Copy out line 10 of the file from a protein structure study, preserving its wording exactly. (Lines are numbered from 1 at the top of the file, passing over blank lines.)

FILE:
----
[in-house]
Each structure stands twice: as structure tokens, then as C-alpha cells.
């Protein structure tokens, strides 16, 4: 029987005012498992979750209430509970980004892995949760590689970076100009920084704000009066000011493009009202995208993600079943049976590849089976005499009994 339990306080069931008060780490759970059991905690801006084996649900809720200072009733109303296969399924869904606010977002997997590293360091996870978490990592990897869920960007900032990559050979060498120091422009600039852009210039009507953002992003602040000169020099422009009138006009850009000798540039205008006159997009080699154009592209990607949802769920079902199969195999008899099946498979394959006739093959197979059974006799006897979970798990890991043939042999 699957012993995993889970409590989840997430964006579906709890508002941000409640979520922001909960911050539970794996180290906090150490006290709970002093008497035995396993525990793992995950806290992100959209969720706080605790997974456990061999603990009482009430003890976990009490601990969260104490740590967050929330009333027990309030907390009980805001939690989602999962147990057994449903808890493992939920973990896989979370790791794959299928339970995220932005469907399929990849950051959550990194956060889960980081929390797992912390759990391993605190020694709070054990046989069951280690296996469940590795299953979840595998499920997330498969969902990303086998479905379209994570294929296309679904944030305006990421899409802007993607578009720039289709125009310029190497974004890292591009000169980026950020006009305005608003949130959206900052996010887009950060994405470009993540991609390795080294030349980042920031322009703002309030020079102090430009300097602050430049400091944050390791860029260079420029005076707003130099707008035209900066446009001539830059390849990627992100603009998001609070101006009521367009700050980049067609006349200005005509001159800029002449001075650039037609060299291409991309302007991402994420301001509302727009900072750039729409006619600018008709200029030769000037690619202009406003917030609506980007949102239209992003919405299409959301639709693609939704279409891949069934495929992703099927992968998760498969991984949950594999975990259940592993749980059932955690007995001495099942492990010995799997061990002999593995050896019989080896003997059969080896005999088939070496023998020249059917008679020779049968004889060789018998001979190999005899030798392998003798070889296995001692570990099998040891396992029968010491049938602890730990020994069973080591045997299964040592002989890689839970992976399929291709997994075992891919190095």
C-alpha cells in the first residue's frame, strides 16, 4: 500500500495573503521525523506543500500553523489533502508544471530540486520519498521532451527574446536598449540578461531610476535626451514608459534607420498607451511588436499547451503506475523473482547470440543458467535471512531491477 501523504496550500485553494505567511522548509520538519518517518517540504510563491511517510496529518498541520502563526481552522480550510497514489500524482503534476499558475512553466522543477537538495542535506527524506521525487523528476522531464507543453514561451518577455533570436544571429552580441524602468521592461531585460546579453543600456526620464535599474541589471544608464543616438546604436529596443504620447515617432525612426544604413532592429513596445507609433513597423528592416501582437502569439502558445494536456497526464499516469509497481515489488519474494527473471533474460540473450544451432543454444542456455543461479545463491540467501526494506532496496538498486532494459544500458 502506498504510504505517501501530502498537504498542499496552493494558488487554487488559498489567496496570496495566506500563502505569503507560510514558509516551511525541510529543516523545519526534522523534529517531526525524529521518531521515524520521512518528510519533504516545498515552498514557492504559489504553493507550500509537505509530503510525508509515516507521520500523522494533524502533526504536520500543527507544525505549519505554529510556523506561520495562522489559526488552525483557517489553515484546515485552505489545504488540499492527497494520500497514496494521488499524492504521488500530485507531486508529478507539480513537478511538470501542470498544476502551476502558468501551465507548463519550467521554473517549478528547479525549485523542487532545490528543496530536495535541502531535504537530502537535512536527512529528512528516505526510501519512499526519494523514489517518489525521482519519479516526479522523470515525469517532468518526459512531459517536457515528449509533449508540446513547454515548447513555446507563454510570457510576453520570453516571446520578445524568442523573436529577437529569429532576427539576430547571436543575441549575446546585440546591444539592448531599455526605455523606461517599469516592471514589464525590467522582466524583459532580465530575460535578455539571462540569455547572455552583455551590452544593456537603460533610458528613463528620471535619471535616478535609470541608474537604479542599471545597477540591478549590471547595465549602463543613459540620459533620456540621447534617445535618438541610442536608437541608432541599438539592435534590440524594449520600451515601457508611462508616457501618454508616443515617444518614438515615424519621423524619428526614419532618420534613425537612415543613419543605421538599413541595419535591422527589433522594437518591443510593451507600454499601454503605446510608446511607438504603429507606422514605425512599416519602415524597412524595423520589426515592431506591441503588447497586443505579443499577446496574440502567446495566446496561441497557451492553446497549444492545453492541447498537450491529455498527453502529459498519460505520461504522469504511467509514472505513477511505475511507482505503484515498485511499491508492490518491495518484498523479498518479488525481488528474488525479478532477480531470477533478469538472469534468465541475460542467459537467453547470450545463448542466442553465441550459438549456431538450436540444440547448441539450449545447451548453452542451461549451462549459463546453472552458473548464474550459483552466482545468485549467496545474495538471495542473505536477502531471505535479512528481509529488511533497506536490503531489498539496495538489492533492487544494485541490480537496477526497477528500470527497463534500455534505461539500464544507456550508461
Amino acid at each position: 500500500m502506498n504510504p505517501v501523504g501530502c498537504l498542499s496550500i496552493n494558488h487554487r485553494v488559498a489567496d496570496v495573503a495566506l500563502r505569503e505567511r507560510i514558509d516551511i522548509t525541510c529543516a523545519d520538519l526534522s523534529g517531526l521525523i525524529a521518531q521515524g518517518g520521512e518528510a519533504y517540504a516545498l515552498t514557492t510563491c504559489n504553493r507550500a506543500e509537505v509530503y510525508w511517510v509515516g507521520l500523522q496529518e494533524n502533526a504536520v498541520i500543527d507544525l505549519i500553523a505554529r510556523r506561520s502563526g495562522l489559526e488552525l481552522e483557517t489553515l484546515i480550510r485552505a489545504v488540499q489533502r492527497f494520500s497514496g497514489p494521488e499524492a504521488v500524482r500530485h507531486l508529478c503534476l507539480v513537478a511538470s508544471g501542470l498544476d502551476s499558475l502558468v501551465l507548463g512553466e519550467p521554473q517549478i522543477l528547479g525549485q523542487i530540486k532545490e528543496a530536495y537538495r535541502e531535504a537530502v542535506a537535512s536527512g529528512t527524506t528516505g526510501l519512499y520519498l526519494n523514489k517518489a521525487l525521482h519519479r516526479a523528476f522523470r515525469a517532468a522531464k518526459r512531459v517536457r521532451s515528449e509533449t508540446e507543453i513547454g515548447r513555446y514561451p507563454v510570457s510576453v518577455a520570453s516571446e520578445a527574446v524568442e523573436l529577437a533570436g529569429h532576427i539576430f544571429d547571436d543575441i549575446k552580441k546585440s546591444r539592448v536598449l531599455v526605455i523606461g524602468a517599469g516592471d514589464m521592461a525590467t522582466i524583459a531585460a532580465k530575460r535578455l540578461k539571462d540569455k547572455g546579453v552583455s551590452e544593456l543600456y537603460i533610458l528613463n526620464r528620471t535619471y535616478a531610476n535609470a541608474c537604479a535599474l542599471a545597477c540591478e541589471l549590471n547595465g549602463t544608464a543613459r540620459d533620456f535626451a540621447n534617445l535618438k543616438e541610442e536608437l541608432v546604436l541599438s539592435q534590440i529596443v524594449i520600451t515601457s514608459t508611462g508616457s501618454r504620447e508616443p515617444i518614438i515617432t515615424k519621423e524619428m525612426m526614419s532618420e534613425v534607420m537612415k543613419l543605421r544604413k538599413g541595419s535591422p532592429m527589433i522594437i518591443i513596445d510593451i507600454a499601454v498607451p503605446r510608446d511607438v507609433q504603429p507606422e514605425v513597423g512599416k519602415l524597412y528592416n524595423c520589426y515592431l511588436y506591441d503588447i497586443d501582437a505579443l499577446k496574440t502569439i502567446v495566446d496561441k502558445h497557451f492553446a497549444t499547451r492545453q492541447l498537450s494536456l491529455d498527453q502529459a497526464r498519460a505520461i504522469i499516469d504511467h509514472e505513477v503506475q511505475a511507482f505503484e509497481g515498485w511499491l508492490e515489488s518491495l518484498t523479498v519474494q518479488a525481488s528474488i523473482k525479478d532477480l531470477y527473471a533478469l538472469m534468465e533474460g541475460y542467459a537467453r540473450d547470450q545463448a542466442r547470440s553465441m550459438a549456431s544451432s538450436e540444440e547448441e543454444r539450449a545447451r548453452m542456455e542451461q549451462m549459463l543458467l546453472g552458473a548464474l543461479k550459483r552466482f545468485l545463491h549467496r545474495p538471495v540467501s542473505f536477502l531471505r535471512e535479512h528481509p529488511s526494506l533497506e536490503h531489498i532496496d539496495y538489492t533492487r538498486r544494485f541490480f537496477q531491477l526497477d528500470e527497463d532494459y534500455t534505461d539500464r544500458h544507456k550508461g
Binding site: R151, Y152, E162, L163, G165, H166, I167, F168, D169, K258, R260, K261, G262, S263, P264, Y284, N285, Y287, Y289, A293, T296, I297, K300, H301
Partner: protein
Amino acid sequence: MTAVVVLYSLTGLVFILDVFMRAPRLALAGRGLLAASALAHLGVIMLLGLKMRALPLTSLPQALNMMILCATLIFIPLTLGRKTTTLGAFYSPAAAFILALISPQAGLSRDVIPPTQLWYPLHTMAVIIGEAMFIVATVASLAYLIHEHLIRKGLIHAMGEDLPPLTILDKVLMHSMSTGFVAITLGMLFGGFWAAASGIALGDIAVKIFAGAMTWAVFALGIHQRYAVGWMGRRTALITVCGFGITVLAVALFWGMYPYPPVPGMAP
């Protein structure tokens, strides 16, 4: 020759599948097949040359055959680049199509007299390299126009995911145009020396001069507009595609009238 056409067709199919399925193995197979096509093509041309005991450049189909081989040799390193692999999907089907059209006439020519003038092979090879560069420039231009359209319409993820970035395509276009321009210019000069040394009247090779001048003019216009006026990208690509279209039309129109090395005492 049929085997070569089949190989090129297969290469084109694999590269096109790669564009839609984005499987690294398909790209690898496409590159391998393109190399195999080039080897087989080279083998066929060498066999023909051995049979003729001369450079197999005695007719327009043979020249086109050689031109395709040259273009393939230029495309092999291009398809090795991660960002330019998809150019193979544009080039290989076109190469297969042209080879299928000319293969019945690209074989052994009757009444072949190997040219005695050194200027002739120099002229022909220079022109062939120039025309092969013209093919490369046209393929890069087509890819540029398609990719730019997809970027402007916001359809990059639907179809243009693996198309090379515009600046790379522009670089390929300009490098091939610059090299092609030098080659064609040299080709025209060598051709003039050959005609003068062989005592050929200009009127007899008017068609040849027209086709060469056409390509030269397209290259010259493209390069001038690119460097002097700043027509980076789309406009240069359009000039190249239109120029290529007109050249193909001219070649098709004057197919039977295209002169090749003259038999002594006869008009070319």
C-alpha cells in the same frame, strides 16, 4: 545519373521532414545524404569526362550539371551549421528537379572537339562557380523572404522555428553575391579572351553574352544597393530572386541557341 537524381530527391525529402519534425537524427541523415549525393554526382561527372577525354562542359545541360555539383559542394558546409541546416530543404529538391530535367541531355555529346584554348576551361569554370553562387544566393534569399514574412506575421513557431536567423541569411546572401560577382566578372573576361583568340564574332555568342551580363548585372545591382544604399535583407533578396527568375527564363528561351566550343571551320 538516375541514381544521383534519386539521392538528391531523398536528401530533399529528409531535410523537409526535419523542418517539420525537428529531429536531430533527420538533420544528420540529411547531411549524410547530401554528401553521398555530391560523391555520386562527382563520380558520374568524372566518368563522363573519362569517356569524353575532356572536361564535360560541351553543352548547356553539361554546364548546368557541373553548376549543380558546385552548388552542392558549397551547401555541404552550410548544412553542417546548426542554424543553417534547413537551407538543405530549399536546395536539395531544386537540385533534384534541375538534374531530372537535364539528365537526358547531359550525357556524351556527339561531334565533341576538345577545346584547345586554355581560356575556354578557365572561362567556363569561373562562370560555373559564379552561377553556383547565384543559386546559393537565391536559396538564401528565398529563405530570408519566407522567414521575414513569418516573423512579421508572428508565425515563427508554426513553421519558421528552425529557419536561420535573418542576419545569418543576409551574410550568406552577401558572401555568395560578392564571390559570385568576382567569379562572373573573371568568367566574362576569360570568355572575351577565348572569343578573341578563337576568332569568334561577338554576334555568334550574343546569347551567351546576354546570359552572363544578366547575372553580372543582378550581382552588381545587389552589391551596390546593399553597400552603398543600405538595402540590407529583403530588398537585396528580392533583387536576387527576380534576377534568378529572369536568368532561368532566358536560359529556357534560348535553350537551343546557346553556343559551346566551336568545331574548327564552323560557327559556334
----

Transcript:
C-alpha cells in the same frame, strides 16, 4: 545519373521532414545524404569526362550539371551549421528537379572537339562557380523572404522555428553575391579572351553574352544597393530572386541557341 537524381530527391525529402519534425537524427541523415549525393554526382561527372577525354562542359545541360555539383559542394558546409541546416530543404529538391530535367541531355555529346584554348576551361569554370553562387544566393534569399514574412506575421513557431536567423541569411546572401560577382566578372573576361583568340564574332555568342551580363548585372545591382544604399535583407533578396527568375527564363528561351566550343571551320 538516375541514381544521383534519386539521392538528391531523398536528401530533399529528409531535410523537409526535419523542418517539420525537428529531429536531430533527420538533420544528420540529411547531411549524410547530401554528401553521398555530391560523391555520386562527382563520380558520374568524372566518368563522363573519362569517356569524353575532356572536361564535360560541351553543352548547356553539361554546364548546368557541373553548376549543380558546385552548388552542392558549397551547401555541404552550410548544412553542417546548426542554424543553417534547413537551407538543405530549399536546395536539395531544386537540385533534384534541375538534374531530372537535364539528365537526358547531359550525357556524351556527339561531334565533341576538345577545346584547345586554355581560356575556354578557365572561362567556363569561373562562370560555373559564379552561377553556383547565384543559386546559393537565391536559396538564401528565398529563405530570408519566407522567414521575414513569418516573423512579421508572428508565425515563427508554426513553421519558421528552425529557419536561420535573418542576419545569418543576409551574410550568406552577401558572401555568395560578392564571390559570385568576382567569379562572373573573371568568367566574362576569360570568355572575351577565348572569343578573341578563337576568332569568334561577338554576334555568334550574343546569347551567351546576354546570359552572363544578366547575372553580372543582378550581382552588381545587389552589391551596390546593399553597400552603398543600405538595402540590407529583403530588398537585396528580392533583387536576387527576380534576377534568378529572369536568368532561368532566358536560359529556357534560348535553350537551343546557346553556343559551346566551336568545331574548327564552323560557327559556334